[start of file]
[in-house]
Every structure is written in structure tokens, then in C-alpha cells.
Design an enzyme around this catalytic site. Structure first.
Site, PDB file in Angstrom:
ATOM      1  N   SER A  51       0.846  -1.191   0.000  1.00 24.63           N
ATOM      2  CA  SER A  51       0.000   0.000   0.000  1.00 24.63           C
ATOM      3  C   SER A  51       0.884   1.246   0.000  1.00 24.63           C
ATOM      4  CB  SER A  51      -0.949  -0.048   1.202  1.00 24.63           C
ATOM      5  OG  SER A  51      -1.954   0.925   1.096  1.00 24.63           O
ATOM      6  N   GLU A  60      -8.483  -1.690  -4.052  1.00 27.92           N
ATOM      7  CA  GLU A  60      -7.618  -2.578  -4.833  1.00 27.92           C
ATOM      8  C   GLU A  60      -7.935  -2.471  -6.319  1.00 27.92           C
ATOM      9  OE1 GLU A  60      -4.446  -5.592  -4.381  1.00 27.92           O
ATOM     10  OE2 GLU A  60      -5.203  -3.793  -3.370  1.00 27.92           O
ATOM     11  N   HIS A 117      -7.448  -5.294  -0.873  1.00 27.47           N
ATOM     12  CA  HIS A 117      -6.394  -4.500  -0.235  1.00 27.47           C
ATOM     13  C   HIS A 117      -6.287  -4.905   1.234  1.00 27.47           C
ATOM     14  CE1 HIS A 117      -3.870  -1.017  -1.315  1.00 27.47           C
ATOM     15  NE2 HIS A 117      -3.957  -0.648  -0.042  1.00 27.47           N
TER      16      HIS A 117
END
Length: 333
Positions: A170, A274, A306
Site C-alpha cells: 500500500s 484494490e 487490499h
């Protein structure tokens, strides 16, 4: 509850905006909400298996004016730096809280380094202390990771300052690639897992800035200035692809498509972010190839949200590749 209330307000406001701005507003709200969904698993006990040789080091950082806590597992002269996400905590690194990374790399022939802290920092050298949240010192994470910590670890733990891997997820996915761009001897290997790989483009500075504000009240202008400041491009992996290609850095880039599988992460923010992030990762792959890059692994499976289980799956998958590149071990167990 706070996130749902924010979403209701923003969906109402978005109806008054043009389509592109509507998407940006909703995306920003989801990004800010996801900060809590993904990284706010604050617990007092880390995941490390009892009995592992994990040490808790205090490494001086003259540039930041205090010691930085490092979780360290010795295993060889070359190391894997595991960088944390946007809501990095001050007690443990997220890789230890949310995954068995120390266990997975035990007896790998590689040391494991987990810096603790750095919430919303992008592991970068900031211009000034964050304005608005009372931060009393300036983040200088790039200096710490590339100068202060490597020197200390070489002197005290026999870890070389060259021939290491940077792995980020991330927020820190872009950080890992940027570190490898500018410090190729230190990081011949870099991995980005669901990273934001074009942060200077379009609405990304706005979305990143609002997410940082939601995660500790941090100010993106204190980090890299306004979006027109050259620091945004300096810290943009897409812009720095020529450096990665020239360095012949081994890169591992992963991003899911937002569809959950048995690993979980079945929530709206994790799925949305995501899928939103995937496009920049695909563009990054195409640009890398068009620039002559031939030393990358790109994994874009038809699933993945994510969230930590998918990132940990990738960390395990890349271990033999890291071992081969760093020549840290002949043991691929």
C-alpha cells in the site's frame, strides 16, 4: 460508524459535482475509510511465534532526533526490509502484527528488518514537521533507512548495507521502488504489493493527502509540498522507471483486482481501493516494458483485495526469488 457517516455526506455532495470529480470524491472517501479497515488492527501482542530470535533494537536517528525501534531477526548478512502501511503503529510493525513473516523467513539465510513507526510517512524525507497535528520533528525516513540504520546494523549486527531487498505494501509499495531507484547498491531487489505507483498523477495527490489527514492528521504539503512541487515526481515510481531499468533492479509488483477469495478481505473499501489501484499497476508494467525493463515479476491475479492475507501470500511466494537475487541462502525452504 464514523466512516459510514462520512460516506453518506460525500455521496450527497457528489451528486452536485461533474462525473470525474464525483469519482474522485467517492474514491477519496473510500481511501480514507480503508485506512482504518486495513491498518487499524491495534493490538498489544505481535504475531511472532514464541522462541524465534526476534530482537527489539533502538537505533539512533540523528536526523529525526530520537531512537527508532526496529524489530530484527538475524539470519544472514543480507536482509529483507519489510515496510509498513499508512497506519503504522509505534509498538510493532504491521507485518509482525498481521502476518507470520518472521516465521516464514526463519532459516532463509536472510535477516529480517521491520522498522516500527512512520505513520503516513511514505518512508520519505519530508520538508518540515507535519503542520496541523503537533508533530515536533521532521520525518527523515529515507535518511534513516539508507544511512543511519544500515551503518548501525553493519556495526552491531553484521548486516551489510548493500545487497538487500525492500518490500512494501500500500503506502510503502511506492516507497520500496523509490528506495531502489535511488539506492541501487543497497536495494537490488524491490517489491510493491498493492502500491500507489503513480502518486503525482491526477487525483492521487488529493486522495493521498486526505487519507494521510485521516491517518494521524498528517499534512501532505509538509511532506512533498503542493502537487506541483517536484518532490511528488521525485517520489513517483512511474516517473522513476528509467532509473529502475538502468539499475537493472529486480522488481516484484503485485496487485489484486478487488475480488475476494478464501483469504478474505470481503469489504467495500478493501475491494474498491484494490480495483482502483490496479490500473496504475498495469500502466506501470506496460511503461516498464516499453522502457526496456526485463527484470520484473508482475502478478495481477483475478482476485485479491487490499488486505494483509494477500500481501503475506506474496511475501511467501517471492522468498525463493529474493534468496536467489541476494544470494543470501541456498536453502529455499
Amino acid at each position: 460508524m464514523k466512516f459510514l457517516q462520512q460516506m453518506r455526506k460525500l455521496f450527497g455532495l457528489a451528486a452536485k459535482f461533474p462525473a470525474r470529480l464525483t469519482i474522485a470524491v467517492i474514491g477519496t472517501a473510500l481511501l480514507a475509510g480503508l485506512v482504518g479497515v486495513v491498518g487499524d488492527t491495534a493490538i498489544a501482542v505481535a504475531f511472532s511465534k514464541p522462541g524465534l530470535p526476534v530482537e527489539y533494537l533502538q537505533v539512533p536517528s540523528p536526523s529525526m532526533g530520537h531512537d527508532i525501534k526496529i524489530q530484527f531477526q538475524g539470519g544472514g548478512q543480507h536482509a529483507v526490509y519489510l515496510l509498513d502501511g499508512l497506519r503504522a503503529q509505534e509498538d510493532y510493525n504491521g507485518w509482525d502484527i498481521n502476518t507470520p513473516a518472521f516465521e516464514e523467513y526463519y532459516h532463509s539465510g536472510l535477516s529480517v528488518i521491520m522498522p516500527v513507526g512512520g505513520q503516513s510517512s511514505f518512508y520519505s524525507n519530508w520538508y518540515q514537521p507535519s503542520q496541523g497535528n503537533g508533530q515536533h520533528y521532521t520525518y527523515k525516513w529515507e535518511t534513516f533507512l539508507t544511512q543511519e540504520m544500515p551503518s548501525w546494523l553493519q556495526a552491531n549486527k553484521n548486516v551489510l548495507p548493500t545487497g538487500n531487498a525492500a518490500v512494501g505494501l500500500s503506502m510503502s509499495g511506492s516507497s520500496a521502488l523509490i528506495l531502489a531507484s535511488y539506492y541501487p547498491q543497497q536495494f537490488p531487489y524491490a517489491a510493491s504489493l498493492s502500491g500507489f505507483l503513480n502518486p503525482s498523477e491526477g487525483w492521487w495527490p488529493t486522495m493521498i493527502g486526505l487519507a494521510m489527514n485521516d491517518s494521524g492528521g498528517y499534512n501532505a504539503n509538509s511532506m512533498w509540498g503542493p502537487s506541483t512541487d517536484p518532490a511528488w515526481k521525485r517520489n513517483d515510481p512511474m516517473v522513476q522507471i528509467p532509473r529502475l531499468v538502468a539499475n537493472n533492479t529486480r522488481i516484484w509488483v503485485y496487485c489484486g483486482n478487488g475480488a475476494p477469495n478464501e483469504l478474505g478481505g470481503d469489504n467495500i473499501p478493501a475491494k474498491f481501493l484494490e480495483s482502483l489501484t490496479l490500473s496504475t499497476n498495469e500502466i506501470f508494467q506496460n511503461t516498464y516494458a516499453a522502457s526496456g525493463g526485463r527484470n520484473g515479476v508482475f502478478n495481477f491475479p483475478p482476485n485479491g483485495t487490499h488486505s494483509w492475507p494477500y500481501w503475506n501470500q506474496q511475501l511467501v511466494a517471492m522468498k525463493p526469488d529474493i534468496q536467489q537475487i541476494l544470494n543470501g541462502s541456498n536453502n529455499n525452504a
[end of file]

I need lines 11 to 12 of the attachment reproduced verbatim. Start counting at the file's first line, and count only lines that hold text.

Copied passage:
ATOM      7  CA  GLU A  60      -7.618  -2.578  -4.833  1.00 27.92           C
ATOM      8  C   GLU A  60      -7.935  -2.471  -6.319  1.00 27.92           C